The border crossing from Chile to Bolivia is pretty basic to say the least. It was the first stop on our Salar de Uyuni tour which would take us from the desert of San Pedro de Atacama to Uyuni a town by the famous salt flat in Bolivia. Before embarking on our three day, two night tour by Jeep we had to formally exit Chile and enter country number six of our travels, Bolivia. The immigration office was a small wooden shack in the middle of nowhere surrounded by 4X4's and tourists. We queued in the wind to receive our stamps before breakfast by the Jeep and being sorted into our tour group. We were put with two Italian guys and two Brazilian guys and we met the man who would take care of us; for the next three days he would be our tour guide, driver and cook.
We jumped in the Jeep and first visited a clear lake surrounded by mountains, the next stop was a desert-like landscape. The third stop was a colourful lake, the yellow grass clashed with the azure skies. While many people took a dip in the thermal pool we decided instead to admire the stunning scenery. Craig was in awe of the colours in the landscape and couldn't stop taking photographs. We had lunch in a building by the lake and I for one was very impressed, mostly because there was mashed potatoes. I haven't had mash since leaving the U.K. and at home it is one of my favourite foods! We continued on to a geyser field and walked through the sulphur smelling steam, it was like walking among the clouds. The mud bubbled and the minerals stained the earth with bright colours. Our last stop of the day was to see flamingoes though they were quite far away and the wind was whipping at our faces. We shared a room with the rest of the group, I had trouble sleeping and so took a look out of the window only to see the brightest stars I think I've ever seen.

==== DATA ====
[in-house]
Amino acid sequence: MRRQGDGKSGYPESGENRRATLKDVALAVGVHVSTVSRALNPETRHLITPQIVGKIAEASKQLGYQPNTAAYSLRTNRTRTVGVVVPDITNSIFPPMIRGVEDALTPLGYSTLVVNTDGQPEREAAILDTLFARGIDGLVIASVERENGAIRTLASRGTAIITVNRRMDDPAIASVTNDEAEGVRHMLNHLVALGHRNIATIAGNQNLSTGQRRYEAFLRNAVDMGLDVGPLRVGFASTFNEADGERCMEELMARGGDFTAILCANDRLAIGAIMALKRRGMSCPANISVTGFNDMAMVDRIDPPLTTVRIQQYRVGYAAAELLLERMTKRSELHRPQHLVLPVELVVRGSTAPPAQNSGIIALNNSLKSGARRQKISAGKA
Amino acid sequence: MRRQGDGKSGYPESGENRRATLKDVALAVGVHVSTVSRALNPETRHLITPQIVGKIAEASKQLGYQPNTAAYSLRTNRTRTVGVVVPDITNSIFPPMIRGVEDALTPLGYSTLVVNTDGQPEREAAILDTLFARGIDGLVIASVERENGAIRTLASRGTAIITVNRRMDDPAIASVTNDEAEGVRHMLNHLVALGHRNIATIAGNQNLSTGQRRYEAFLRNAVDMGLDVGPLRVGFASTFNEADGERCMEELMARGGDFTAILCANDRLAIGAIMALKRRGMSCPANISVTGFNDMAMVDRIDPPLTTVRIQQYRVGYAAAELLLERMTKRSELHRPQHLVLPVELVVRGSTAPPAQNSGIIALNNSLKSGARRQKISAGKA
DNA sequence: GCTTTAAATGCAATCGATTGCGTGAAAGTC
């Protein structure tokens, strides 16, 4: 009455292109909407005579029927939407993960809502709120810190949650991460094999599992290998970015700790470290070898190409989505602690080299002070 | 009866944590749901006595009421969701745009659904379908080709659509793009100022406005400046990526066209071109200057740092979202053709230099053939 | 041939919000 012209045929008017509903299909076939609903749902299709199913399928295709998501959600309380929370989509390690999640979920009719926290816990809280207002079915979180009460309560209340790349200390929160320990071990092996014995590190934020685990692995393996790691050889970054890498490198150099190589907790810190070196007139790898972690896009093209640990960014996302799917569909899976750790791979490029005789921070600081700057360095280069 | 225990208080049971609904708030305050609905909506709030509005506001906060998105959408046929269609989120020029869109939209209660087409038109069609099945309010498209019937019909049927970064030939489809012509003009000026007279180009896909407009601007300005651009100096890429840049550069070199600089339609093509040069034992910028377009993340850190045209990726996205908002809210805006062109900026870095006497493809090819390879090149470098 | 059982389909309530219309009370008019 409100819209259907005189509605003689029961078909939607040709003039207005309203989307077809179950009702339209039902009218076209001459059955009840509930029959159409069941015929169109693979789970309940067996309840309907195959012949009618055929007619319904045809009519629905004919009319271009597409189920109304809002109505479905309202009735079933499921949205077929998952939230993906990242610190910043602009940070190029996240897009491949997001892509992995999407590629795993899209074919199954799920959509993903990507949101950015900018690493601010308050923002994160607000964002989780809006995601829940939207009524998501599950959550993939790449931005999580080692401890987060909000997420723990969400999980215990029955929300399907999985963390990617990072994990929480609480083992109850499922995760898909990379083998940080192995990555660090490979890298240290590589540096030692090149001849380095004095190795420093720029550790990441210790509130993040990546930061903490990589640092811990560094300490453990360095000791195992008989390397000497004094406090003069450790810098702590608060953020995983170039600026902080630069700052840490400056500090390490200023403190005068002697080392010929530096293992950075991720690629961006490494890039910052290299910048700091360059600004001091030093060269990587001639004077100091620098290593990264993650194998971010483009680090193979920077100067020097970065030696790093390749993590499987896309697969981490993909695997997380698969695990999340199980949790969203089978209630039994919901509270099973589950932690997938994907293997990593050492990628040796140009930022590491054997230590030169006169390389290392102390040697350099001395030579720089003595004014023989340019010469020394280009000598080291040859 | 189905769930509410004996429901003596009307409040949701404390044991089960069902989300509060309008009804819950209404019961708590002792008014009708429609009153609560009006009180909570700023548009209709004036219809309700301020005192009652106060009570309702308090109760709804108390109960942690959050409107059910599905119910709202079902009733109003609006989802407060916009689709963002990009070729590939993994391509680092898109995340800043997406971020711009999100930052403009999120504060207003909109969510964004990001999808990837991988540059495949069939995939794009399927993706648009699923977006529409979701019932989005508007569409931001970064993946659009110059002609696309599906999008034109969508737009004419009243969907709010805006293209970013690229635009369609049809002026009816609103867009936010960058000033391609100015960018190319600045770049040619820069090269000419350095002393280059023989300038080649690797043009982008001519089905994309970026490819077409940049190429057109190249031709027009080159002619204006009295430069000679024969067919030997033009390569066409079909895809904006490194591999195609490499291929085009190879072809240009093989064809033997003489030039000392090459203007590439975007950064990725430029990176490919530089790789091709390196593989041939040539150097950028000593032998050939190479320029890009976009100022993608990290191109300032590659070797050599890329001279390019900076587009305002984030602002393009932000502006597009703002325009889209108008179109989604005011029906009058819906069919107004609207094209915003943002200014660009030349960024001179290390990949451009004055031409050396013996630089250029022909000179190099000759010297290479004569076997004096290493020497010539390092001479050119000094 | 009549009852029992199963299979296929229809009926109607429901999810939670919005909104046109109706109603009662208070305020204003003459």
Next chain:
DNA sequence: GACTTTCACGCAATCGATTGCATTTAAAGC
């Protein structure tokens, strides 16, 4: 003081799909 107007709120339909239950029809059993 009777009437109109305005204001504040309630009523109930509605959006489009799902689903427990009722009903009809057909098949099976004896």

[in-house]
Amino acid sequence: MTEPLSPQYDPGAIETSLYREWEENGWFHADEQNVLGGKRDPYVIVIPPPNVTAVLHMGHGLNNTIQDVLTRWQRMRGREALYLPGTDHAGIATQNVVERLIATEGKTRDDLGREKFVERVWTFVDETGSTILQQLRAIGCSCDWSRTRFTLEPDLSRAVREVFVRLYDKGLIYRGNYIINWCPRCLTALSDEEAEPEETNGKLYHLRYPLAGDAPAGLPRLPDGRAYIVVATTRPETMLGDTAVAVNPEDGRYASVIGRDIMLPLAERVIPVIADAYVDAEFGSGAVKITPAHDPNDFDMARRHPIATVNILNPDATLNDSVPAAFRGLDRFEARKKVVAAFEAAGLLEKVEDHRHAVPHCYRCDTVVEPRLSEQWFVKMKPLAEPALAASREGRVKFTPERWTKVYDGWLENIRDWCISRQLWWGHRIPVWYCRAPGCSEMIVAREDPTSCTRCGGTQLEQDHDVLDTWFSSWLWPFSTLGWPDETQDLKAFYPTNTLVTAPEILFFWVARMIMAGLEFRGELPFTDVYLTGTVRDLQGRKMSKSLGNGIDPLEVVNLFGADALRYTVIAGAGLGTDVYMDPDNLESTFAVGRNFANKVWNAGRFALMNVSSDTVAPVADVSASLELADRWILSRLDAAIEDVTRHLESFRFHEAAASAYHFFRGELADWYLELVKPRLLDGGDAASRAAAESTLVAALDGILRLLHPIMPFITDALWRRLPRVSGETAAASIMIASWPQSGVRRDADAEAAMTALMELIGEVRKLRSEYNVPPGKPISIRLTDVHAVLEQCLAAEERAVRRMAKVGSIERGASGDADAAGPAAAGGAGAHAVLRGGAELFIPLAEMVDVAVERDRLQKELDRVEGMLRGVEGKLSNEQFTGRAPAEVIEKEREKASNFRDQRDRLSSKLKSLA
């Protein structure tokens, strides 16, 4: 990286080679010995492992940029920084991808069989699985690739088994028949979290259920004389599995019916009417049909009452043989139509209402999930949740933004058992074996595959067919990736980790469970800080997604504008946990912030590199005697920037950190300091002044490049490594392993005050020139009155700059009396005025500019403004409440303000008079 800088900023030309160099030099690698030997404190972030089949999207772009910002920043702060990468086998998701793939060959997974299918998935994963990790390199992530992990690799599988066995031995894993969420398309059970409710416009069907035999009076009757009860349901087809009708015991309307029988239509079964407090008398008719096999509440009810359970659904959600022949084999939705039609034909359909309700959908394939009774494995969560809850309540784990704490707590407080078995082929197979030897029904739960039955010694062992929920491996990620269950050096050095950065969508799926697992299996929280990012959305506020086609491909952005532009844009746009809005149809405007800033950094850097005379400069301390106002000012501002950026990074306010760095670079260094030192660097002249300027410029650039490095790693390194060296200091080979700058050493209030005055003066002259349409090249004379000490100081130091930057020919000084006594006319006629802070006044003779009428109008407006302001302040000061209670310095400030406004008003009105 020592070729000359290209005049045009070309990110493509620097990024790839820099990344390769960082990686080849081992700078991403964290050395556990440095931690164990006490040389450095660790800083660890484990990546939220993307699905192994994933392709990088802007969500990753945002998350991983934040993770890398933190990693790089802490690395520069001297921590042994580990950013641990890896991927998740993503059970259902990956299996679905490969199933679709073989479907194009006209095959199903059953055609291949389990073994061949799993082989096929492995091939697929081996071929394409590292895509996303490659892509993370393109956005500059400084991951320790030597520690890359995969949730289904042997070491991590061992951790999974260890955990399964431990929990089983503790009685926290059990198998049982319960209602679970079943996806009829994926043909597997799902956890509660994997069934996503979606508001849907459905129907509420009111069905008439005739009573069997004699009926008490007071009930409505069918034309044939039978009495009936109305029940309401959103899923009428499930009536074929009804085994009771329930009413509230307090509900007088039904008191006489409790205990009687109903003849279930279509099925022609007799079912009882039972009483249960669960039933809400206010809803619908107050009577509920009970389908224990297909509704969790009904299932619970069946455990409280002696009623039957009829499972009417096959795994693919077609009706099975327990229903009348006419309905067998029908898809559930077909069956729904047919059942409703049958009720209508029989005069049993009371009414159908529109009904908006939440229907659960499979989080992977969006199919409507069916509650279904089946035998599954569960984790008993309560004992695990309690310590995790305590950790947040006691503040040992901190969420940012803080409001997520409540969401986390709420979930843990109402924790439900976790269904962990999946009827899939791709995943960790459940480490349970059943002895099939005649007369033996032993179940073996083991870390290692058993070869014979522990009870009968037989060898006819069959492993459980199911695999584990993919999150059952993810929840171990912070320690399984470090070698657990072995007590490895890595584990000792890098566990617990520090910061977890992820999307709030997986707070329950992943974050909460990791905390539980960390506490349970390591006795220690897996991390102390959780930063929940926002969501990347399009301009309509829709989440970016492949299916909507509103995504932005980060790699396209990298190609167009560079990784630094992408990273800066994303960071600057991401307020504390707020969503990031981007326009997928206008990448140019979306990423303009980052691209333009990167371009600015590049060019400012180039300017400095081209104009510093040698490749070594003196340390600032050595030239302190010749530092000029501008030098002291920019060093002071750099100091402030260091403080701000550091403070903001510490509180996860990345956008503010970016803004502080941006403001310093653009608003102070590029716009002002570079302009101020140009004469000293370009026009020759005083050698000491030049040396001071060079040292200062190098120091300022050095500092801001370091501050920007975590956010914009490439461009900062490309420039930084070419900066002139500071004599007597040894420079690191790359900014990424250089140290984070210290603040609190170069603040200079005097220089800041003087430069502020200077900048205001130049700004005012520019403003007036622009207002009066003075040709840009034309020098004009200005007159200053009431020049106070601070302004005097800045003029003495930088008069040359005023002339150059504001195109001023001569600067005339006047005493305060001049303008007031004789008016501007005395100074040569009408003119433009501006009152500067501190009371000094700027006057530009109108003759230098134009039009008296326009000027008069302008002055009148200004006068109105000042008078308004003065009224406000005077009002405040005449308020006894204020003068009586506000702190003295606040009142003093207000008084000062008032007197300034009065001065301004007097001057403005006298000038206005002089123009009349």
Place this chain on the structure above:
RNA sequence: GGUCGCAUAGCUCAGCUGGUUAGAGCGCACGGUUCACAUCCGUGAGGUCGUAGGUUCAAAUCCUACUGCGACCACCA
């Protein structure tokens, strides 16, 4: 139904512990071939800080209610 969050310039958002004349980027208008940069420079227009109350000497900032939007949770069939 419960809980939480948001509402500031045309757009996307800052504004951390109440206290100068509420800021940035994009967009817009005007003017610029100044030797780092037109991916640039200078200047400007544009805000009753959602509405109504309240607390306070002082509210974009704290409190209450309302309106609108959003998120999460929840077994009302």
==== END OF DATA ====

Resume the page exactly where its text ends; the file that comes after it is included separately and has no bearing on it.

I completely forgot that we were in a new timezone and woke up an hour too early. I spent the extra time day dreaming before breakfast and packing everything back on to the jeep. We drove to a rock formation that looks like a huge camel and a lost city which was a joy to walk around. We climbed rocks and stood in huge holes in the cliffs, one of our stops was so beautiful and peaceful that I relished sitting alone away from everyone else to admire my surroundings. A visit to Black Lake saw us climb to the top of some rocks before spotting a type of rabbit and some llamas. A highlight of the day for me was a visit to a town with a railway line running through it. The weather had completely turned; from blue skies there were ominous black clouds and the landscape was very atmospheric. We walked along the railway lines passing a stopped train and took photographs. I couldn't help but think about my drawings and how this sight would make a wonderful series of work in ink.